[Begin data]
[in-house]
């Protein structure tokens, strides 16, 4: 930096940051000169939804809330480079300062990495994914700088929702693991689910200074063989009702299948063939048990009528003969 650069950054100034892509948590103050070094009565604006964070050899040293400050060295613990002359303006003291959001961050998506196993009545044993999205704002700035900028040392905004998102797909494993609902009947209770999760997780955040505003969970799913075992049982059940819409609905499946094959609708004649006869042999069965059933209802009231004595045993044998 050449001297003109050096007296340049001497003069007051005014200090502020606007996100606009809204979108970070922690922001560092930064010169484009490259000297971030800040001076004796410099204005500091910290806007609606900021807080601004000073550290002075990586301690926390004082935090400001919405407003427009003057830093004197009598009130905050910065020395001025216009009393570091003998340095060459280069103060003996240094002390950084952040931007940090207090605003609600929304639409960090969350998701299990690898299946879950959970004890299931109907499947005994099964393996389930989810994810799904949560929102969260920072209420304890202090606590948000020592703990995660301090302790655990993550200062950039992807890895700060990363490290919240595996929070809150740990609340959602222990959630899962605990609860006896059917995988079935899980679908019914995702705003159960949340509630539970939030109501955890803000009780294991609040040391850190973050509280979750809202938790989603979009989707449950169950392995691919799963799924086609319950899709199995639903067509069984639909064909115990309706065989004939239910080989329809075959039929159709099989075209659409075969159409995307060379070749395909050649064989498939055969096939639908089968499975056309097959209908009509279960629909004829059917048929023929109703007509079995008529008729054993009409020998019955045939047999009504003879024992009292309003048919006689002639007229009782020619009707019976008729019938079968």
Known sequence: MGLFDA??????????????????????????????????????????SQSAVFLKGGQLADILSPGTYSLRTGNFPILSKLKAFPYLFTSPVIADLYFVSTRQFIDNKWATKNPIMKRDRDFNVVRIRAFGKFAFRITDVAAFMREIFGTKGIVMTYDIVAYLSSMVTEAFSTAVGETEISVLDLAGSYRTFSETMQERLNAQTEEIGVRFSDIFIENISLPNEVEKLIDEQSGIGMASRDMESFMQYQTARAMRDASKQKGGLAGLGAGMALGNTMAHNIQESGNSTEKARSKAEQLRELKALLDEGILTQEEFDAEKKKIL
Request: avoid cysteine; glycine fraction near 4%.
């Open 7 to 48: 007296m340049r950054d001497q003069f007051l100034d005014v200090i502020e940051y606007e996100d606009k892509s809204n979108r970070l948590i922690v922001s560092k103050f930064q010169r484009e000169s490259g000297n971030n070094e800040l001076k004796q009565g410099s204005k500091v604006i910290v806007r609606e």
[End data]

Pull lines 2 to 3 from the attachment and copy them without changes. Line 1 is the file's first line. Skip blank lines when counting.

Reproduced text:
């Protein structure tokens, strides 16, 4: 930096940051000169939804809330480079300062990495994914700088929702693991689910200074063989009702299948063939048990009528003969 650069950054100034892509948590103050070094009565604006964070050899040293400050060295613990002359303006003291959001961050998506196993009545044993999205704002700035900028040392905004998102797909494993609902009947209770999760997780955040505003969970799913075992049982059940819409609905499946094959609708004649006869042999069965059933209802009231004595045993044998 050449001297003109050096007296340049001497003069007051005014200090502020606007996100606009809204979108970070922690922001560092930064010169484009490259000297971030800040001076004796410099204005500091910290806007609606900021807080601004000073550290002075990586301690926390004082935090400001919405407003427009003057830093004197009598009130905050910065020395001025216009009393570091003998340095060459280069103060003996240094002390950084952040931007940090207090605003609600929304639409960090969350998701299990690898299946879950959970004890299931109907499947005994099964393996389930989810994810799904949560929102969260920072209420304890202090606590948000020592703990995660301090302790655990993550200062950039992807890895700060990363490290919240595996929070809150740990609340959602222990959630899962605990609860006896059917995988079935899980679908019914995702705003159960949340509630539970939030109501955890803000009780294991609040040391850190973050509280979750809202938790989603979009989707449950169950392995691919799963799924086609319950899709199995639903067509069984639909064909115990309706065989004939239910080989329809075959039929159709099989075209659409075969159409995307060379070749395909050649064989498939055969096939639908089968499975056309097959209908009509279960629909004829059917048929023929109703007509079995008529008729054993009409020998019955045939047999009504003879024992009292309003048919006689002639007229009782020619009707019976008729019938079968």
Known sequence: MGLFDA??????????????????????????????????????????SQSAVFLKGGQLADILSPGTYSLRTGNFPILSKLKAFPYLFTSPVIADLYFVSTRQFIDNKWATKNPIMKRDRDFNVVRIRAFGKFAFRITDVAAFMREIFGTKGIVMTYDIVAYLSSMVTEAFSTAVGETEISVLDLAGSYRTFSETMQERLNAQTEEIGVRFSDIFIENISLPNEVEKLIDEQSGIGMASRDMESFMQYQTARAMRDASKQKGGLAGLGAGMALGNTMAHNIQESGNSTEKARSKAEQLRELKALLDEGILTQEEFDAEKKKIL